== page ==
Isaiah 22:3
Parallel Verses
New American Standard Bible
All your rulers have fled together, And have been captured without the bow; All of you who were found were taken captive together, Though they had fled far away.

King James Bible
All thy rulers are fled together, they are bound by the archers: all that are found in thee are bound together, which have fled from far.

Darby Bible Translation
All thy rulers have fled together, they are taken prisoners without the bow: all that are found of thee are made prisoners together; they were fleeing far off.

World English Bible
All your rulers fled away together. They were bound by the archers. All who were found by you were bound together. They fled far away.

Young's Literal Translation
All thy rulers fled together from the bow, Bound have been all found of thee, They have been kept bound together, Afar off they have fled.

Isaiah 22:3 Parallel
Barnes' Notes on the Bible

All thy rulers are fled together - The general idea in this verse is plain. It is designed to describe the consternation which would take place on the approach of the invader, and especially the timidity and flight of those on whom the city relied for protection and defense. Hence, instead of entering calmly and firmly on the work of defense, no inconsiderable part of the rulers of the city are represented as fleeing from the city, and refusing to remain to protect the capital. The word rendered 'thy rulers' (קציניך qitsiynayik) denotes either the civil rulers of the city, or military leaders. It is most usually applied to the latter Joshua 10:24; Judges 11:6, Judges 11:11; Daniel 11:18, and probably refers here to military commanders.

They are bound by the archers - Hebrew as in the margin, 'Of the bow.' There has been a great variety in the interpretation of this passage. The Septuagint reads it, Σκληρῶς δεδεμένοι εἰσί sklērōs dedemenoi eisi - 'And the captives are bound with severity.' The Chaldee, 'And the captives migrate from before the extending of the bow.' Jarchi renders it, 'Who from the fear of arrows were bound so that they shut themselves up in the city.' Houbigant and Lowth render it, 'They are fled from the bow,' reading it הסרוּ hâserû instead of the present Hebrew text אסרוּ 'usrû, but without the slightest authority. Vitringa renders it, 'They were bound from treading, that is, extending, or using the bow;' or 'They were bound by those who tread, that is, use the bow;' indicating that they were so bound that they could not use the bow in defense of the city. I think that the "connection" here requires that the word אסרוּ 'usrû should be used in the sense of being "bound" or influenced by fear - they were so intimidated, so much under the influence of terror, so entirely unmanned and disabled by alarm, that they could not use the bow; or this was caused "by" the bow, that is, by the bowmen or archers who came to attack the city. It is true that no other instance occurs in which the word is used in precisely this sense, but instances in abundance occur where strong passion is represented as having a controlling or disabling influence over the mind and body; where it takes away the energy of the soul, and makes one timid, feeble, helpless, as if bound with cords, or made captive. The word אסר 'âsar commonly means to bind with cords, or to fetter; to imprison Genesis 42:24; Judges 16:5; 2 Kings 17:4 : to yoke 1 Samuel 6:7, 1 Samuel 6:10; and then to bind with a vow Numbers 30:3. Hence, it may mean to "bind" with fear or consternation.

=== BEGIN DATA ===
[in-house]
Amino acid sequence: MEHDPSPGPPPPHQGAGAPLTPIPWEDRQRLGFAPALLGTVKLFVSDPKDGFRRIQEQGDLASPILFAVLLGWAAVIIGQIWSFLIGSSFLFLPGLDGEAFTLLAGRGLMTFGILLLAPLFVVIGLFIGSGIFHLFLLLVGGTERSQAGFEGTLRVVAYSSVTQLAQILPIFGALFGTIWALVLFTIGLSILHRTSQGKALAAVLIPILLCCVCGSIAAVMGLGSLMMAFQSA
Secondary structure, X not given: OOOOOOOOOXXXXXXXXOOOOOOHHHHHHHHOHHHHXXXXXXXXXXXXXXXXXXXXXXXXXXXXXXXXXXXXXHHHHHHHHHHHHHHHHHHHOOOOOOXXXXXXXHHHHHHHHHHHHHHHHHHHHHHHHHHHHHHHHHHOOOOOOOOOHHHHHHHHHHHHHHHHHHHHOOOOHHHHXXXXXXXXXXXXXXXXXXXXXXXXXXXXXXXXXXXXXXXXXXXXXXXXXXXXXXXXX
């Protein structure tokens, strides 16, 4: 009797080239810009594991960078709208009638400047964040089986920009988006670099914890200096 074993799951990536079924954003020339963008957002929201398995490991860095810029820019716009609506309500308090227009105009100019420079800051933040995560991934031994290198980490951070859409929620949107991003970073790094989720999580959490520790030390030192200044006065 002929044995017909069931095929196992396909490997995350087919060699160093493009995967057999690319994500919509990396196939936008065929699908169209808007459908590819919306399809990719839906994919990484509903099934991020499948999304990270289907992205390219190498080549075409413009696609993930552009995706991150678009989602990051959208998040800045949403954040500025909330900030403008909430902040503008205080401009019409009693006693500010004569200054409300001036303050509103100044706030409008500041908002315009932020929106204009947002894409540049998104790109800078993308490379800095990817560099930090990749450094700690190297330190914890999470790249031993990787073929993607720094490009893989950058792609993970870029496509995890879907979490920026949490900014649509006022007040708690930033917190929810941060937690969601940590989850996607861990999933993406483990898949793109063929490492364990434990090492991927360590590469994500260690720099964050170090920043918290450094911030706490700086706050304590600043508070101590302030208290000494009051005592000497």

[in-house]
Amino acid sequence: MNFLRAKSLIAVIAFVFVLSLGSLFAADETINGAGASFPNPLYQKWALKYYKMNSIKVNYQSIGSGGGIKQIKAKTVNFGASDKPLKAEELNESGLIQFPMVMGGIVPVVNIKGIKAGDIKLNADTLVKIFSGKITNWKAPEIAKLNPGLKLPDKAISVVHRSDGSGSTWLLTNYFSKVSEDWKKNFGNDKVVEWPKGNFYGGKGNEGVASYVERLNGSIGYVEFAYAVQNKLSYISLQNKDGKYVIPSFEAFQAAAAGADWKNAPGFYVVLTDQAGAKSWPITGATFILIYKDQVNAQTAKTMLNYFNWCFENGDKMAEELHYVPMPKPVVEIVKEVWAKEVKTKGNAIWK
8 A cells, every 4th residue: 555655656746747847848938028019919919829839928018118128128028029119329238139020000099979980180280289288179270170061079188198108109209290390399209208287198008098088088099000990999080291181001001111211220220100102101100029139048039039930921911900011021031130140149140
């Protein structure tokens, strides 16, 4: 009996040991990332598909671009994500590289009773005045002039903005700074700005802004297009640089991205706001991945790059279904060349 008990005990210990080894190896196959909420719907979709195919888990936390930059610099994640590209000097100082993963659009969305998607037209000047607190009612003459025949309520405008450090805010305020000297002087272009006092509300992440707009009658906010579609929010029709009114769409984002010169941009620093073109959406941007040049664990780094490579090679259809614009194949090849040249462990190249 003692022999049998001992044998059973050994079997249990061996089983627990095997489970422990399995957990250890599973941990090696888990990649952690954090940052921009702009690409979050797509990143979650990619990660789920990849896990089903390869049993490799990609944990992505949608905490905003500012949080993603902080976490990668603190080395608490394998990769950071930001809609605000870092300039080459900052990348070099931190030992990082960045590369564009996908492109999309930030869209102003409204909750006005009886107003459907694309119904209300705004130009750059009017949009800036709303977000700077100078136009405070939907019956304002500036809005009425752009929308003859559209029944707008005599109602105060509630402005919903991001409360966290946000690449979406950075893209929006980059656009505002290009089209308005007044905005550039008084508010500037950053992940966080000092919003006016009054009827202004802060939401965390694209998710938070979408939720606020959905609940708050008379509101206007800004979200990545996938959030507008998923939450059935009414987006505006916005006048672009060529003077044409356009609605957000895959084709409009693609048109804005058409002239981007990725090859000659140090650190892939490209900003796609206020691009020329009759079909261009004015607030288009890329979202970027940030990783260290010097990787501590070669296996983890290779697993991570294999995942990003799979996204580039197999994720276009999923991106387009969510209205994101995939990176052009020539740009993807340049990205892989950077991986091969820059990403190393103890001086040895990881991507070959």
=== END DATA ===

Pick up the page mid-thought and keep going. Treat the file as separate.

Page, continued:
Which have fled from far - That is, either they have fled far away; or they had fled from far in order to reach Jerusalem as a place of safety. Probably the latter is the sense.

Isaiah 22:3 Parallel Commentaries

Gihon, the Same with the Fountain of Siloam.
I. In 1 Kings 1:33,38, that which is, in the Hebrew, "Bring ye Solomon to Gihon: and they brought him to Gihon"; is rendered by the Chaldee, "Bring ye him to Siloam: and they brought him to Siloam." Where Kimchi thus; "Gihon is Siloam, and it is called by a double name. And David commanded, that they should anoint Solomon at Gihon for a good omen, to wit, that, as the waters of the fountain are everlasting, so might his kingdom be." So also the Jerusalem writers; "They do not anoint the king, but
John Lightfoot—From the Talmud and Hebraica

Third Withdrawal from Herod's Territory.
Subdivision B. The Great Confession Made by Peter. (Near Cæsarea Philippi, Summer, a.d. 29.) ^A Matt. XVI. 13-20; ^B Mark VIII. 27-30; ^C Luke IX. 18-21. ^b 27 And Jesus went forth, and his disciples, into the villages of Cæsarea Philippi [The city of Paneas was enlarged by Herod Philip I., and named in honor of Tiberias Cæsar. It also bore the name Philippi because of the name of its builder, and to distinguish it from Cæsarea Palestinæ or Cæsarea Strotonis, a
J. W. McGarvey—The Four-Fold Gospel

Cross References
Isaiah 21:15
For they have fled from the swords, From the drawn sword, and from the bent bow And from the press of battle.

Jeremiah 4:9
"It shall come about in that day," declares the LORD, "that the heart of the king and the heart of the princes will fail; and the priests will be appalled and the prophets will be astounded."

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